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Old 11-30-2007, 07:51 AM   #6
Ron Tisdale
Dojo: Doshinkan dojo in Roxborough, Pa
Location: Phila. Pa
Join Date: Jun 2002
Posts: 4,614
Re: Ukemi and Koshinage

Every place does it differently, as stated above, so you'll have to sort through various answers and pick the ones that best fit your current training. Learning break falls / ukemi in general over the internet is not recommended. Having said that, I do have some suggestions from my perspective:

1 Buy a copy of Ellis Amdur's Ukemi from the ground up, grab a senior, watch it together, and try to implement in seperate practice. Learning from a video is never really recommended, but having been in some of his ukemi classes, I have to recommend it any way. Having a senior there can really help to work through some of the issues you are bound to run into.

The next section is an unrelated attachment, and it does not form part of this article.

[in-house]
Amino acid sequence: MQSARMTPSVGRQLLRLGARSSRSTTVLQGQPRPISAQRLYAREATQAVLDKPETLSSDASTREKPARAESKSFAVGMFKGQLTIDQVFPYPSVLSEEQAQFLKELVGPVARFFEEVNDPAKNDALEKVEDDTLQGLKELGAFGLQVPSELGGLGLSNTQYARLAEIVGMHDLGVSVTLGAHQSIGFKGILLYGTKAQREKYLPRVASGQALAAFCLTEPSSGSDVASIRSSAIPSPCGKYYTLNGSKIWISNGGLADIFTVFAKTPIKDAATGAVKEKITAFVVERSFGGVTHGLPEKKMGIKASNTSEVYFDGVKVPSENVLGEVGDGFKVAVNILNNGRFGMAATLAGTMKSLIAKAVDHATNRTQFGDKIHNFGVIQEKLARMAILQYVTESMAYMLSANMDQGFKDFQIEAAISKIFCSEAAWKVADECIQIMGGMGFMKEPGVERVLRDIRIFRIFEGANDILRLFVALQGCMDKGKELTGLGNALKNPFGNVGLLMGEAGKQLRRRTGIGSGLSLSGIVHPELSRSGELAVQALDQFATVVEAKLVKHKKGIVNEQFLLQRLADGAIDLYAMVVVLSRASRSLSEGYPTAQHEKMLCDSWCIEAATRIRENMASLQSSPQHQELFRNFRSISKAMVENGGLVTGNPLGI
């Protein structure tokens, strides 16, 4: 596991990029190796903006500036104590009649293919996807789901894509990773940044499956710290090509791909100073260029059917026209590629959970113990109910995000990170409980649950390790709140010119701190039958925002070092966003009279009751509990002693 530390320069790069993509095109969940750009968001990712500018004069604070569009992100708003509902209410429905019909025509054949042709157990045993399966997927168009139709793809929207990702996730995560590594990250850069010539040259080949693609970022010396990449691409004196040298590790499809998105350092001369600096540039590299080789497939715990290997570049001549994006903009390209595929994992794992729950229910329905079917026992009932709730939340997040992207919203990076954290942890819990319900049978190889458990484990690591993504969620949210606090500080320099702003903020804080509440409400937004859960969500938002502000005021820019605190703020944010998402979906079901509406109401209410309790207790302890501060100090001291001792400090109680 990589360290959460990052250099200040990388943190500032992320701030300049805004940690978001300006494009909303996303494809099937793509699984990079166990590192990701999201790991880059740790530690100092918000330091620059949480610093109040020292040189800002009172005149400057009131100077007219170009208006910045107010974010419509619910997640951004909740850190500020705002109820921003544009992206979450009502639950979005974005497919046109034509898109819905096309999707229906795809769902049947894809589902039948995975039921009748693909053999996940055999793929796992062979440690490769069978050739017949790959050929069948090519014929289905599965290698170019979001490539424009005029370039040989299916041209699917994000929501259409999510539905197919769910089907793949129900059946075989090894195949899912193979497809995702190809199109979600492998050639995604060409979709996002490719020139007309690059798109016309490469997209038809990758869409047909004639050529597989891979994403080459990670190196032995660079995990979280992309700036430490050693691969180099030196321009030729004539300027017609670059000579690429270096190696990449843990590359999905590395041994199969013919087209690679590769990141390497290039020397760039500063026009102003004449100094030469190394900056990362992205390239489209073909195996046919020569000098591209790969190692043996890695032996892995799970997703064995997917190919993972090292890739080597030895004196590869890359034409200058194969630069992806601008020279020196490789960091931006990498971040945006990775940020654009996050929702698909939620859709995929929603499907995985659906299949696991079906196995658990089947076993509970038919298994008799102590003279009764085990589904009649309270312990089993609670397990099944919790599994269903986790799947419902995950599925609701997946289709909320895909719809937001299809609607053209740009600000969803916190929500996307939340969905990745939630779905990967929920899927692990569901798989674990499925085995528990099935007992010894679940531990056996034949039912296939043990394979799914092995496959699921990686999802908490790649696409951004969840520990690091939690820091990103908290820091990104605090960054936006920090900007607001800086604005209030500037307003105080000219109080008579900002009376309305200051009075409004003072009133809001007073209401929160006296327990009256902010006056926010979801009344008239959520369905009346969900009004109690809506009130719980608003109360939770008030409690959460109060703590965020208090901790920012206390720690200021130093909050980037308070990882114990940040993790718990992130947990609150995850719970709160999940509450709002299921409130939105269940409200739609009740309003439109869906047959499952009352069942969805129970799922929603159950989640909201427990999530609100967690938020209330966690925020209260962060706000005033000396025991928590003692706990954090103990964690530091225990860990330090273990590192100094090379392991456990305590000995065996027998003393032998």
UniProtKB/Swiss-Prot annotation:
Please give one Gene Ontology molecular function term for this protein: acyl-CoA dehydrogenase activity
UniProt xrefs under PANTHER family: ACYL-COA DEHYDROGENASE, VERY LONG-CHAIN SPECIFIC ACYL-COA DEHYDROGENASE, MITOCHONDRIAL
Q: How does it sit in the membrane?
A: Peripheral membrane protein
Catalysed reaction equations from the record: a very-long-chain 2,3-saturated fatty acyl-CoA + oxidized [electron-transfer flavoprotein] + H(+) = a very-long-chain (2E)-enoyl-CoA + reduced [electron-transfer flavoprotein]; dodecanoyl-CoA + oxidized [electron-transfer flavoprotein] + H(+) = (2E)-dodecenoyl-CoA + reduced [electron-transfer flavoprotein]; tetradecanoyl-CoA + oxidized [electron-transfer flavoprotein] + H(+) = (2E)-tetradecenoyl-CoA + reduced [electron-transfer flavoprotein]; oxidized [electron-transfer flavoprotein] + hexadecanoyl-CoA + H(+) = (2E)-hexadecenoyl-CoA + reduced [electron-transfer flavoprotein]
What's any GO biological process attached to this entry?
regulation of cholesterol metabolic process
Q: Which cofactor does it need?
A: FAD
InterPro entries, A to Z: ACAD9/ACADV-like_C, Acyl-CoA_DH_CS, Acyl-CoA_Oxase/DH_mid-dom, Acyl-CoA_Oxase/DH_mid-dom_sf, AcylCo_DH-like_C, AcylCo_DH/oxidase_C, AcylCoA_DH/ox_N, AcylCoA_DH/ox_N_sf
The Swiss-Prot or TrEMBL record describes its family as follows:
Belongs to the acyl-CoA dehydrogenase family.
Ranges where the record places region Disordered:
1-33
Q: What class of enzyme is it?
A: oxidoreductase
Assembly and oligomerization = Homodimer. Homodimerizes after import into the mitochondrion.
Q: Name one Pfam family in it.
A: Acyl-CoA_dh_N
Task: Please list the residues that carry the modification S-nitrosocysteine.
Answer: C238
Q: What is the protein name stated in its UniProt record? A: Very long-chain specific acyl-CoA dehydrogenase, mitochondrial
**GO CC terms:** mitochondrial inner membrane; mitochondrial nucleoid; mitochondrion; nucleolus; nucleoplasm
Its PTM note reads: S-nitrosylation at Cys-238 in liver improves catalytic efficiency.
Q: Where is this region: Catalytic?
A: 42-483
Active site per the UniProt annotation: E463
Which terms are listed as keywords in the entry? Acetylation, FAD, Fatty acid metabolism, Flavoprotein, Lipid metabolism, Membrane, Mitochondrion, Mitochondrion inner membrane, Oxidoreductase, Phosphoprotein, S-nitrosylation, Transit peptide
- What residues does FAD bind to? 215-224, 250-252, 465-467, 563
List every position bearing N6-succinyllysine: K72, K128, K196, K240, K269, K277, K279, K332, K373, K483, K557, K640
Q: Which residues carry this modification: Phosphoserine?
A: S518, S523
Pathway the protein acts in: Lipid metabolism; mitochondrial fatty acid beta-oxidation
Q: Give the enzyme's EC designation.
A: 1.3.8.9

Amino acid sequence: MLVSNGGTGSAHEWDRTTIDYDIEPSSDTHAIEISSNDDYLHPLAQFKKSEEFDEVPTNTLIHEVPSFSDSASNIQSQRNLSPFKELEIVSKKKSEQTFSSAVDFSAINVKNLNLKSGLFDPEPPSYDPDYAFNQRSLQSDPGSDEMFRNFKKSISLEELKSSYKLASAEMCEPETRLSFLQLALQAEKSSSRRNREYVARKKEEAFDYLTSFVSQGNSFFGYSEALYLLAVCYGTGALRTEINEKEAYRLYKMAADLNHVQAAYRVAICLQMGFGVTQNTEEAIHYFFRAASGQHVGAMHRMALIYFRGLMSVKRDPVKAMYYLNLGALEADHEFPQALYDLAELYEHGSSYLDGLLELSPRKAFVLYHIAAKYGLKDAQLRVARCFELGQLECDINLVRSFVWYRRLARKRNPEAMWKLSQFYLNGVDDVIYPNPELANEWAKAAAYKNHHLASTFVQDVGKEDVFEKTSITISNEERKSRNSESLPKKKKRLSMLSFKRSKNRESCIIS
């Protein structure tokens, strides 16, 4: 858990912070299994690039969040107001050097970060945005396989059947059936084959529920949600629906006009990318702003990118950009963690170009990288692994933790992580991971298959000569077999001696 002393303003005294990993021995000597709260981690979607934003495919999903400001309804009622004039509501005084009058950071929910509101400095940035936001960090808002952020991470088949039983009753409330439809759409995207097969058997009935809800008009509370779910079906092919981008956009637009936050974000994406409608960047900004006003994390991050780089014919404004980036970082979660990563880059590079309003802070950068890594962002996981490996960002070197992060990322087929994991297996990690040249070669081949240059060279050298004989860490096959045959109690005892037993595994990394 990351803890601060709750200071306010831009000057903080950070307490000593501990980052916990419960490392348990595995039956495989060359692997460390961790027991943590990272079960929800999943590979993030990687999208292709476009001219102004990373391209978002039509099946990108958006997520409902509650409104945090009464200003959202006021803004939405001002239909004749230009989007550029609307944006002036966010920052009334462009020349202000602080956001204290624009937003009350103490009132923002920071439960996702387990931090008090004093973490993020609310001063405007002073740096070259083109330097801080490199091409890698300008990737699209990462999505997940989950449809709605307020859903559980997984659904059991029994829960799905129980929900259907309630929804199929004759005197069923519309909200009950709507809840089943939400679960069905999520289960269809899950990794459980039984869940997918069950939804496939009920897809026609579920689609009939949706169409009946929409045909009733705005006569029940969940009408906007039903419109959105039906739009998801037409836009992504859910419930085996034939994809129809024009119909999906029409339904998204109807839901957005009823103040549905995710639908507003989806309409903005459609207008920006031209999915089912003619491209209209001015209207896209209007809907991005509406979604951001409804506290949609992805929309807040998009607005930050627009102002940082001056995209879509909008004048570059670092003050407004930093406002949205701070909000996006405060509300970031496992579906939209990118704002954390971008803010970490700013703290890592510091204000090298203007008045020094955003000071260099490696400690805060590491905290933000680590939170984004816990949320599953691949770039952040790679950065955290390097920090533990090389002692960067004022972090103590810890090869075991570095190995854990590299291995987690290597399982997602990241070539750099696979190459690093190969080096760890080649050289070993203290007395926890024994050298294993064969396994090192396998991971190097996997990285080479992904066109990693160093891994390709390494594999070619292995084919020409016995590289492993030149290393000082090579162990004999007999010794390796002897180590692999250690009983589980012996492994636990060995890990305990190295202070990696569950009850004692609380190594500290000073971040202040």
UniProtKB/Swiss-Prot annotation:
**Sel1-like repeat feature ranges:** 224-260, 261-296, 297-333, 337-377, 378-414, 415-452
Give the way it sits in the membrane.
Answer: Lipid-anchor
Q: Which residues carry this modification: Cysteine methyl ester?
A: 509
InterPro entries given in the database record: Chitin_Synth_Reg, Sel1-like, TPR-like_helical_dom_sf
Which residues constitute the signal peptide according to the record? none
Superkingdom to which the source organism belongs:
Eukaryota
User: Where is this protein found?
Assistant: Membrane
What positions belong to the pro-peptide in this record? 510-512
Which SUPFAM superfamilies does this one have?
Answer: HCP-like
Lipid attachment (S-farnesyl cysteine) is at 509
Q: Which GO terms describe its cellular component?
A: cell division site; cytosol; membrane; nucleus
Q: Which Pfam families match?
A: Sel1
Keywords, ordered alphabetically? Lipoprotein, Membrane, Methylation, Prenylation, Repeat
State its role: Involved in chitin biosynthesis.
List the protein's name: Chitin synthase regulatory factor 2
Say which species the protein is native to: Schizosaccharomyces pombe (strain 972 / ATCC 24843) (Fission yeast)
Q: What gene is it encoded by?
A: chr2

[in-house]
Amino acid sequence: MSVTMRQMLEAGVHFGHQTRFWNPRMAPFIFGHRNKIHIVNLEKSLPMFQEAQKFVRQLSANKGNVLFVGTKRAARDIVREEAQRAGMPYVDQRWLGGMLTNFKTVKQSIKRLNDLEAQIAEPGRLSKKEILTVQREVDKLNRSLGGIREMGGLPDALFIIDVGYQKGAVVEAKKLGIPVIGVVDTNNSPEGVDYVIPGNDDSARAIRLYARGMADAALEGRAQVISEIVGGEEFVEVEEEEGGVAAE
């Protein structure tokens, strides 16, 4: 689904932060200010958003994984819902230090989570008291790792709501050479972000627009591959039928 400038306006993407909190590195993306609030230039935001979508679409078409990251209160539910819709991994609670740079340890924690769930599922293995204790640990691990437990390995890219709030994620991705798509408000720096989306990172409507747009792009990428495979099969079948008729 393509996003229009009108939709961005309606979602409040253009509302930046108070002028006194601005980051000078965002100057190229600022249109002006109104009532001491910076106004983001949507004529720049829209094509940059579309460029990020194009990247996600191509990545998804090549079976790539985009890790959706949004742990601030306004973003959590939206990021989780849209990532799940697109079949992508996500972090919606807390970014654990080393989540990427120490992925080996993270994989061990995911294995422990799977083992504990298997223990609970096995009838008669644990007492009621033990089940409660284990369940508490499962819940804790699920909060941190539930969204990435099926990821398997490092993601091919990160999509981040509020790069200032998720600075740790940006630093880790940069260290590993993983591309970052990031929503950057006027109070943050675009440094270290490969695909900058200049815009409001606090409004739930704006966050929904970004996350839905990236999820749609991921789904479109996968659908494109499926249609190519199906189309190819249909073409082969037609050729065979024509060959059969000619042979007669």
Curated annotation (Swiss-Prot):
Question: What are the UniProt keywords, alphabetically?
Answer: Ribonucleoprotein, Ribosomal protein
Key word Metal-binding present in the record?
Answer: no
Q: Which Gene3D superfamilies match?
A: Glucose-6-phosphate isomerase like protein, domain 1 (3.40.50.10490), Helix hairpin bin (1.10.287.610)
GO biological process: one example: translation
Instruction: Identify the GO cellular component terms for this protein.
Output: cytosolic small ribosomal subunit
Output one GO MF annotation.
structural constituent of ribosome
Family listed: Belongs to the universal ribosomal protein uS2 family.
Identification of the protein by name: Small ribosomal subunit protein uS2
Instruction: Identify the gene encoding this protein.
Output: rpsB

2 Work on making your body curl. When I'm thrown in koshinage, I REALLY tuck /curl my head and upper body so that I'm looking back at nage almost even before my legs go over. This is the exact opposite of the stiff as a board crowd. I believe that ukemi should be opening me for sutemi when it comes to koshi throws.

a) If a judoka or someone used to competitive grappling is throwing you, they are coming down with you. To reverse them you once they've gotten the lift you need to curl and roll them through.

b) I like to not depend on nage's kindness. Even when giving up control I like to re-establish control at the same time.

c) I like to train to not need to grab for koshi my opinion, it develops a dependancy you can't count on, or that can give nage an additional handle for a lock once you hit the ground. I understand that it is a stage most have to go through (me too), but I don't always agree with it.

The more you curl the more possibilities open up, for sutemi, for rolling, for break fall to standing up immediately and gaining distance by using the straight leg.


Ron Tisdale
"The higher a monkey climbs, the more you see of his behind."
St. Bonaventure (ca. 1221-1274)
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